March 27, 2012
There’s not much Air Force’s Garrett Custons can’t do on a baseball field.
He hits for average. Custons’ .383 mark is third in the Mountain west among qualifiers. He can hit for power too. His .654 slugging percentage is second in the conference. He even has five steals – not bad for a catcher – and he has thrown out eight of the 12 runners trying to steal against him.
He is aware he is having a good season and isn’t shy about his personal goal.
“I want to win Mountain West Player of the Year. Anything else would be a down year,” Custons said. “I want to set the bar high. And I know if that happens, I’ve helped my team win the most games possible.”
The junior then said, next year, his goal is national player of the year.
“I like to set the bar very high,” Custons said.
He isn’t being conceited, because the goals are his way of pushing himself. And, it isn’t like he is being unrealistic thinking he can win conference player of the year, considering the start he is off to.
“He brings so much to the program, not only offensively but defensively,” coach Mike Kazlausky said. “He’s the best catcher in the league, there’s no doubt in my mind.”
The more Custons improves, he has allowed himself to wonder if he has a future in the pros.
“Every single day,” Custons said. “I’m excited to serve in the Air Force and what I get to do, and I’m also excited about baseball and playing at the next level.”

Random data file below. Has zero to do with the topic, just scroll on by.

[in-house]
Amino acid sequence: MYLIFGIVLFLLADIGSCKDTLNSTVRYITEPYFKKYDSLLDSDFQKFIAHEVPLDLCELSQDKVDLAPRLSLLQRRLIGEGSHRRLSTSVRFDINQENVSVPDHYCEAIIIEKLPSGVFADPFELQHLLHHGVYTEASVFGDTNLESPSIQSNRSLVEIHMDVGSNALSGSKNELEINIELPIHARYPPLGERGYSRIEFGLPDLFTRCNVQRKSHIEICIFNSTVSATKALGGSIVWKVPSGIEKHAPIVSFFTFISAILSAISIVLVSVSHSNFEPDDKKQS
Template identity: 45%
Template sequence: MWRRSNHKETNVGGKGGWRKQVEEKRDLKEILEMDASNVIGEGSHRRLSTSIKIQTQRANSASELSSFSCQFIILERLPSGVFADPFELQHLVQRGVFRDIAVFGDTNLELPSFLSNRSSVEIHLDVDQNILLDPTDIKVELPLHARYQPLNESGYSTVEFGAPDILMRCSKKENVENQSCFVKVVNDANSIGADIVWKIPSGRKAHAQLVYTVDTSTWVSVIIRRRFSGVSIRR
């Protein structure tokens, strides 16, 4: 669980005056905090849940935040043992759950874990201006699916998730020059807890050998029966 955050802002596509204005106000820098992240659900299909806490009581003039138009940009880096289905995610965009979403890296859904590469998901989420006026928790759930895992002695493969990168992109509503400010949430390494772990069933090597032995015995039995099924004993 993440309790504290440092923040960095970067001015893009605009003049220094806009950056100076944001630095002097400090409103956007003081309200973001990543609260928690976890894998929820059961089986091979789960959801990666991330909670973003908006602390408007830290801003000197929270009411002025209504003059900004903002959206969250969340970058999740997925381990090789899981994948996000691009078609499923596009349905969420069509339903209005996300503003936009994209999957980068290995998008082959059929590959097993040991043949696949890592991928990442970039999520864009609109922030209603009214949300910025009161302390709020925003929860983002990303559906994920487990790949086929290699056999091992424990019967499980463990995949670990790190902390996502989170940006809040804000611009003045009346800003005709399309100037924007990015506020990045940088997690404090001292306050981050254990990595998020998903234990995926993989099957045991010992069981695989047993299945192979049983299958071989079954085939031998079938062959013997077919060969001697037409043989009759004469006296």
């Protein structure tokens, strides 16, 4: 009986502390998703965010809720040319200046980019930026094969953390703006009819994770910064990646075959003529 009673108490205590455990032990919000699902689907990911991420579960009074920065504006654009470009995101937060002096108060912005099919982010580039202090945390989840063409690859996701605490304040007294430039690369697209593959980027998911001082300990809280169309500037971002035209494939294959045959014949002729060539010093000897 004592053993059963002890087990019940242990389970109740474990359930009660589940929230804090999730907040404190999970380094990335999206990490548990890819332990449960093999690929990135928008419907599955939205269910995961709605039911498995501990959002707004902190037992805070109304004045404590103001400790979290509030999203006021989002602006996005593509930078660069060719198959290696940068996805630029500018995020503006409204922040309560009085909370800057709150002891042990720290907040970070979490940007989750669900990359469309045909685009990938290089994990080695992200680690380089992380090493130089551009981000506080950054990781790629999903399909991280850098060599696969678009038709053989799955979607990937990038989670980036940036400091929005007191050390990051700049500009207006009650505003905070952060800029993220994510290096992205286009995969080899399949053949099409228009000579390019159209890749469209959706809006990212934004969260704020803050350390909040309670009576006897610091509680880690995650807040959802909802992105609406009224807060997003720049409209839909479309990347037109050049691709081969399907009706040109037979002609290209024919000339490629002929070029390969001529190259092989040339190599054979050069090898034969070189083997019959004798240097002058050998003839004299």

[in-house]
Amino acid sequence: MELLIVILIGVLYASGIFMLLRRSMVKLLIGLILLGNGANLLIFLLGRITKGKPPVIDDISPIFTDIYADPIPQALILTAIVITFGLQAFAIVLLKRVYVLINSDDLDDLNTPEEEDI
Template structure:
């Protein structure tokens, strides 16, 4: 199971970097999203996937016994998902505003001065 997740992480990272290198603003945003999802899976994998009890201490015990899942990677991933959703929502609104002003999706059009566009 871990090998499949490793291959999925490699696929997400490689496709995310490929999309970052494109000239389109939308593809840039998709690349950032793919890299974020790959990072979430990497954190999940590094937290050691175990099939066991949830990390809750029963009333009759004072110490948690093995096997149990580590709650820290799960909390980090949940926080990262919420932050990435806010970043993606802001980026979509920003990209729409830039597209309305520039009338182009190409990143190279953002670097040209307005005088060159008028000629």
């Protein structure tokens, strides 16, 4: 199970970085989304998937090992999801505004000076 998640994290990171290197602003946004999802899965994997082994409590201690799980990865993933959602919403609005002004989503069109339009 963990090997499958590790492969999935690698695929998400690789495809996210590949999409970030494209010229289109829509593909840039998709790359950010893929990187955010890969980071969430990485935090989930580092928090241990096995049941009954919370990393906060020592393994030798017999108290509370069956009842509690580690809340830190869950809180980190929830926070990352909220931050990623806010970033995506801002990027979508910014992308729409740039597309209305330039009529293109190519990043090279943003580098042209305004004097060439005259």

If Custons does get a pro contract, he can serve in the Air Force for two years, then shift the final three years of his military commitment to six years of reserve duty, which would allow him to play full time. Given his skill set, it seems possible some team next year will make Custons the fourth Air Force player to be drafted, the first since Karl Bolt in 2007 and only the third since 1976.
The two-year military commitment is mandatory and makes for a more difficult sell to pro teams in any sport, but Custons’ talent could be worth waiting for. That’s his hope.
“I feel I’ve put myself in a good position to get drafted,” he said. “Now I just have to see how takes a flier on me.”
There’s a long way to go until then, and Custons wants to keep improving. This year, he made it a point to become more selective at the plate. He saw the movie “Moneyball” and listened to the virtues of on-base percentage, and had already heard the lessons about the value of taking pitches from his coaches and father. He decided to become more patient, especially against pitchers who knew of him as a reigning first-team all-conference player. His .457 on-base percentage is second in the conference, up from last year’s .413 mark.
“I knew I’d get a lot of bad pitches, and I didn’t want to expand my zone,” Custons said.
Custons is also quick to point out team goals and his teammates. He begins the interview by mentioning the team’s goal of making the conference tournament, and how its 2-1 start in league play puts it on pace to do so. And when asked if he finds it difficult to stay patient when he is the star of Air Force’s lineup, he says that first baseman Seth Kline and outfielder Alex Bast are more than capable of driving in runs behind him.
“We have a lot of good hitters in a row,” Custons said. “If you want to walk me, go ahead.”
Contact Frank Schwab: 476-4891
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